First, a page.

The overall situation leaves the IPOD generation particularly vulnerable to the current state of the economy, with the report stating that they “have the raw skills to understand their position and the dawning sense of responsibility to do something about it (…) However they are hamstrung by a financial establishment determined to service the old and patronise the young.”

A spokesperson for Think Money said: “It may well be the case that many of the large numbers of younger people getting into debt do so because of a diminished sense of responsibility, brought on by comfortable living conditions and, until recently, relatively easy access to credit.

“But with the credit crunch ongoing and a recession becoming a very real possibility, a lot of younger people may be about to experience the kind of struggles that instilled an “instinctive fear”, as the report puts it, into people from previous generations.

“Whatever the reason, in the current economic climate, it’s more important than ever for people to tackle their debts now. Especially with high-APR debts such as credit cards, it’s essential that those debts aren’t allowed to grow.

“There are a number of debt solutions designed to help people in different financial situations.

“For people with a number of smaller debts, a debt consolidation loan could help. A debt consolidation loan involves taking out a new loan to pay off all your existing debts, meaning you only have to repay one creditor instead of many. The interest rate is often smaller than your original debts, especially if you are paying off high-APR debts such as credit cards – although if you choose to lower your monthly payments by spreading them out over a longer period, this will incur more interest which could cancel out the benefit of a lower overall rate of interest.

“If you have a number of debts that you are struggling to repay, a debt management plan might be a better option. This involves speaking to a debt adviser, who will discuss your financial situation in confidence, and will then negotiate with your creditors to agree repayments based on how much you can afford each month. In many cases, interest and other charges can be frozen, reducing the total amount you have to pay.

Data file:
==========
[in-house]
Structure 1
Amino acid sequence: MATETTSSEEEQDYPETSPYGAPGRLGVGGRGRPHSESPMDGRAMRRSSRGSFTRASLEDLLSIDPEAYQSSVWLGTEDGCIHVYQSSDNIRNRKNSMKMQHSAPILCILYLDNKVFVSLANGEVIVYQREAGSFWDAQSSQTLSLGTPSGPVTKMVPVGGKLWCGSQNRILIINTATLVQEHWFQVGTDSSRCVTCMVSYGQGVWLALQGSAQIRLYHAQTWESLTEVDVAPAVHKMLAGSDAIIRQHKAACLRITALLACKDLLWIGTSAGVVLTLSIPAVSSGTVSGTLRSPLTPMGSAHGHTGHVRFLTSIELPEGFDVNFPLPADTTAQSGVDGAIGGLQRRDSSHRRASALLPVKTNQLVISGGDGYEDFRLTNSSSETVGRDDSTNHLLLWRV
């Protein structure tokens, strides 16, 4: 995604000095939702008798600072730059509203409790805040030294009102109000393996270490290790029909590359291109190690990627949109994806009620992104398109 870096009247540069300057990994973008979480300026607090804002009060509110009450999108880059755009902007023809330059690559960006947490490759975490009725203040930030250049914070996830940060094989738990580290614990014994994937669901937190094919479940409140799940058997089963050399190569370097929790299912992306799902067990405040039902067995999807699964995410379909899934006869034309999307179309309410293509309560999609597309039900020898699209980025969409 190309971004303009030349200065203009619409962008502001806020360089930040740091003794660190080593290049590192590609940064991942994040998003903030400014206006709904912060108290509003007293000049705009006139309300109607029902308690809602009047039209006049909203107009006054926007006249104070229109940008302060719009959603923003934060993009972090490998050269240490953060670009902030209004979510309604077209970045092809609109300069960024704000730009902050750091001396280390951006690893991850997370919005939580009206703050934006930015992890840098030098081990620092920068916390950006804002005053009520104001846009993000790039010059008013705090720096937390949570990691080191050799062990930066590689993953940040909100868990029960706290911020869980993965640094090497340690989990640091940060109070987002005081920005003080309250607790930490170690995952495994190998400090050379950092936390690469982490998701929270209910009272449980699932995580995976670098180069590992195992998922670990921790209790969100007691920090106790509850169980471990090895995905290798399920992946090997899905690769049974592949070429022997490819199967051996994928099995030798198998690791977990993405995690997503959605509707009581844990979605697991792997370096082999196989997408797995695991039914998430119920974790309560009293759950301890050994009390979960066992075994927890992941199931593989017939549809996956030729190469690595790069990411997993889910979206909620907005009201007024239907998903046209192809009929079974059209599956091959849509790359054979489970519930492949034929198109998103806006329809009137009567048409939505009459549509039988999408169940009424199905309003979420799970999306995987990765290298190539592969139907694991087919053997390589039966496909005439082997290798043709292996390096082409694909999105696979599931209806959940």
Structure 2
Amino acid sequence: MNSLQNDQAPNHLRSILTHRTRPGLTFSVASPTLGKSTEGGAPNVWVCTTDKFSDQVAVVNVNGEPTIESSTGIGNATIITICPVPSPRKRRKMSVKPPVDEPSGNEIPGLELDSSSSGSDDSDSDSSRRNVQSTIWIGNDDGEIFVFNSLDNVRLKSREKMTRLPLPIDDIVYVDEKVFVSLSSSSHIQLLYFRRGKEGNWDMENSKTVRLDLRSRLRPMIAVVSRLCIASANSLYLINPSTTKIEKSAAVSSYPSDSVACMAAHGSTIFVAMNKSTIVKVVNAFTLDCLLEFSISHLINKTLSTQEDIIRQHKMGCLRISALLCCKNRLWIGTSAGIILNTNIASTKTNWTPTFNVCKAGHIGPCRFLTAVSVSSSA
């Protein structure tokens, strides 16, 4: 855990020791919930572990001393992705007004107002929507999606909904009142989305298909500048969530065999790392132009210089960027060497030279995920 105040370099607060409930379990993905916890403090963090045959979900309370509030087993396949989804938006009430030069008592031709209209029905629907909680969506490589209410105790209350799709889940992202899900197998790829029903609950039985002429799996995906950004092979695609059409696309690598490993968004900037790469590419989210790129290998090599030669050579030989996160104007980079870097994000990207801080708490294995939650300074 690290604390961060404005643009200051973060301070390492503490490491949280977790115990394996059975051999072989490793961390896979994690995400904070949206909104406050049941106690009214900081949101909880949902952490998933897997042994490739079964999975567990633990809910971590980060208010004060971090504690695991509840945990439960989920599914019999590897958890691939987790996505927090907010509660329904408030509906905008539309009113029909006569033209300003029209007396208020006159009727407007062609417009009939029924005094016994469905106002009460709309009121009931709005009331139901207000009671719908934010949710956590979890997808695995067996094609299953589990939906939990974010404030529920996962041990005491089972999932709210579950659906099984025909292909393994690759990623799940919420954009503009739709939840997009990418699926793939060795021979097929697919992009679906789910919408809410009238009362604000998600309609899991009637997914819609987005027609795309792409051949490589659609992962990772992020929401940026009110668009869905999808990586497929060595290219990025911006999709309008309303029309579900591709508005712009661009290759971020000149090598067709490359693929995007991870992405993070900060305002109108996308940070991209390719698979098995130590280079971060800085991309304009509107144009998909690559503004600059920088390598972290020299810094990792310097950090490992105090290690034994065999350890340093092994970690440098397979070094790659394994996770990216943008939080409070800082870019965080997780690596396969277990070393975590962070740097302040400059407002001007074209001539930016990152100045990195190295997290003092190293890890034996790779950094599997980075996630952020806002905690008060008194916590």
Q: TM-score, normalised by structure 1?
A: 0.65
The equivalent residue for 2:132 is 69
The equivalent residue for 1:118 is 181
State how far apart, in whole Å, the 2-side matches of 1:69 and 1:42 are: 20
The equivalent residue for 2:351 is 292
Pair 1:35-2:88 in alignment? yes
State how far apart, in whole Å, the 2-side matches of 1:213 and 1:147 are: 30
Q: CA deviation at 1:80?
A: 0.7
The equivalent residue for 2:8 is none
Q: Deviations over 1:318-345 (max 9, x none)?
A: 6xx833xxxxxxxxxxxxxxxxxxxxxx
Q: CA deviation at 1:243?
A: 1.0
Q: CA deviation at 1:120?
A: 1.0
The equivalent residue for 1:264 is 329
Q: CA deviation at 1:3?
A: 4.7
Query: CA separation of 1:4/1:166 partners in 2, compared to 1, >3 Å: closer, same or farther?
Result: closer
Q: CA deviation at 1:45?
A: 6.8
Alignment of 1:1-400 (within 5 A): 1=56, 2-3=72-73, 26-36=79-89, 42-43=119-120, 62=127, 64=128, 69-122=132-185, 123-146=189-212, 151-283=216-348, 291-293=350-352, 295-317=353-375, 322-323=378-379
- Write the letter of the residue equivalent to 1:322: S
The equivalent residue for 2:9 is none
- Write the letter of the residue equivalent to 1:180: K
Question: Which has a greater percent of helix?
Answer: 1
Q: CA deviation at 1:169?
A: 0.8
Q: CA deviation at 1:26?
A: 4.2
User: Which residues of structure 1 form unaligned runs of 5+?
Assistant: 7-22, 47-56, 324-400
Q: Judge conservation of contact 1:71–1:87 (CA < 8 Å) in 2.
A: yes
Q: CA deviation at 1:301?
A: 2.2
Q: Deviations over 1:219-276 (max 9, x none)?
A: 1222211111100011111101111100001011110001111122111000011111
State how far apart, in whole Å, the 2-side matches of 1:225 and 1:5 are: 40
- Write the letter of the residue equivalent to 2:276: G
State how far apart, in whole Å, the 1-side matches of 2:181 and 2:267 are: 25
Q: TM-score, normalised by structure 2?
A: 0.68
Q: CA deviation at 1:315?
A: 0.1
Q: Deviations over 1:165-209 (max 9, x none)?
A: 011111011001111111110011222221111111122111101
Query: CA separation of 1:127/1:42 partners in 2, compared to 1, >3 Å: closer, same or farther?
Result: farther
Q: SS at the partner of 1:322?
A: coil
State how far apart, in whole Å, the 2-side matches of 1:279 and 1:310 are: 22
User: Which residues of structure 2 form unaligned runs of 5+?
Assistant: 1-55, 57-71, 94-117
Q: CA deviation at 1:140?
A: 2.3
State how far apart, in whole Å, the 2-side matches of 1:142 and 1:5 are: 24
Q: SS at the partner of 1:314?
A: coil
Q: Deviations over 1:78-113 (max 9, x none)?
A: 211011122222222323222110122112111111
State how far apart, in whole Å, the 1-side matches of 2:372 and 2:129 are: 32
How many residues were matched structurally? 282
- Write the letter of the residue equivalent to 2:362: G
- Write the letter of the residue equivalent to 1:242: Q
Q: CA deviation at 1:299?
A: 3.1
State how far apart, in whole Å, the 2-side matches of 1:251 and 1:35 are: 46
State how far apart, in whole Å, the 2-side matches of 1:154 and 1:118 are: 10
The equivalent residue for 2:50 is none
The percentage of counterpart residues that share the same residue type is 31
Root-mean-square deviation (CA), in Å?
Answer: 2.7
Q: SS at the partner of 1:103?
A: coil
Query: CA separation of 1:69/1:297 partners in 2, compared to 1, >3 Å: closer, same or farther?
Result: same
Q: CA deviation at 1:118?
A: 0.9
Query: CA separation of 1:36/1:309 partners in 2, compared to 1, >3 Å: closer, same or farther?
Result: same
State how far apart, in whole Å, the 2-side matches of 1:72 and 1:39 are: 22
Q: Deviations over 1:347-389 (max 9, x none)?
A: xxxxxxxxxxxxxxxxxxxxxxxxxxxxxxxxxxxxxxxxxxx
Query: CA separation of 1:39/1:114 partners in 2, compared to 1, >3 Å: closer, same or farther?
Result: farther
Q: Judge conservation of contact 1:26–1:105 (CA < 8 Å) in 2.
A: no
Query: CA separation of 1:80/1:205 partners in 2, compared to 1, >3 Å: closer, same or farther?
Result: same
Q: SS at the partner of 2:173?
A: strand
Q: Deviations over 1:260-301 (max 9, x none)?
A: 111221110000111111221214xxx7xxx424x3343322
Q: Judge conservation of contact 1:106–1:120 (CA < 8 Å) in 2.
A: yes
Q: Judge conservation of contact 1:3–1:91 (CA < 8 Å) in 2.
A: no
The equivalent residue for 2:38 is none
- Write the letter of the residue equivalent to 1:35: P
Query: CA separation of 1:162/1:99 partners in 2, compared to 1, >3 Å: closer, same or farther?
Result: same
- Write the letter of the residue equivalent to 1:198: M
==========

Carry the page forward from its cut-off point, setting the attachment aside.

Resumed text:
“If you have more serious debts of over £15,000, an IVA (Individual Voluntary Arrangement) could get you debt-free in five years. An IVA involves making regular monthly payments to your creditors based on the amount you can afford to repay, and after the five-year period your remaining debt will be considered settled.

“However, be aware that an IVA requires approval from creditors holding a total of at least 75% of your debts before it can go ahead, and you may be required to withdraw some of the equity in your home in the fourth year of your IVA.

“Debt affects people of all ages, so we urge anybody struggling with debt to seek expert debt advice as soon as possible.”

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Debt Management Company Gregory Pennington Have Said That Now Is A More Important Time Than Ever For Consumers To Get Their Finances In Order And Tackle Any Existing Debt Problems

Following Bank of England Governor Mervyn King’s announcement that the British economy is entering a recession, debt management company Gregory Pennington have warned that financial hardship is likely to be widespread in the coming months, adding that the public should aim to get their finances in order and tackle any debts as a matter of priority.

Speaking at a business conference on Tuesday, Mervyn King told business leaders that the economy faces a “sharp and prolonged slowdown”, perpetuated by smaller take home salaries, soaring living costs and limited access to consumer credit.

“We now face a long, slow haul to restore lending to the real economy, and hence growth of our economy, to more normal conditions,” he also said.

On a more positive note, King said that some of the factors causing inflation had “shifted decisively”, putting less pressure on the Bank of England to actively control inflation and instead giving them time to address other factors, particularly the cost of consumer lending.

And addressing those concerned about many lenders’ reluctance to pass on the Bank of England’s recent base rate cut, King offered his assurance that the cuts would eventually have an effect, but said: “It will take time before the [bank bailout] leads to a resumption of normal levels of lending.”

A spokesperson for Gregory Pennington warned of the dangers that consumers face as a recession approaches. “One of the biggest dangers is unemployment. Since there will be less money flowing through the economy, businesses will suffer, and many will be forced to make job cuts as a result – which restarts the same cycle.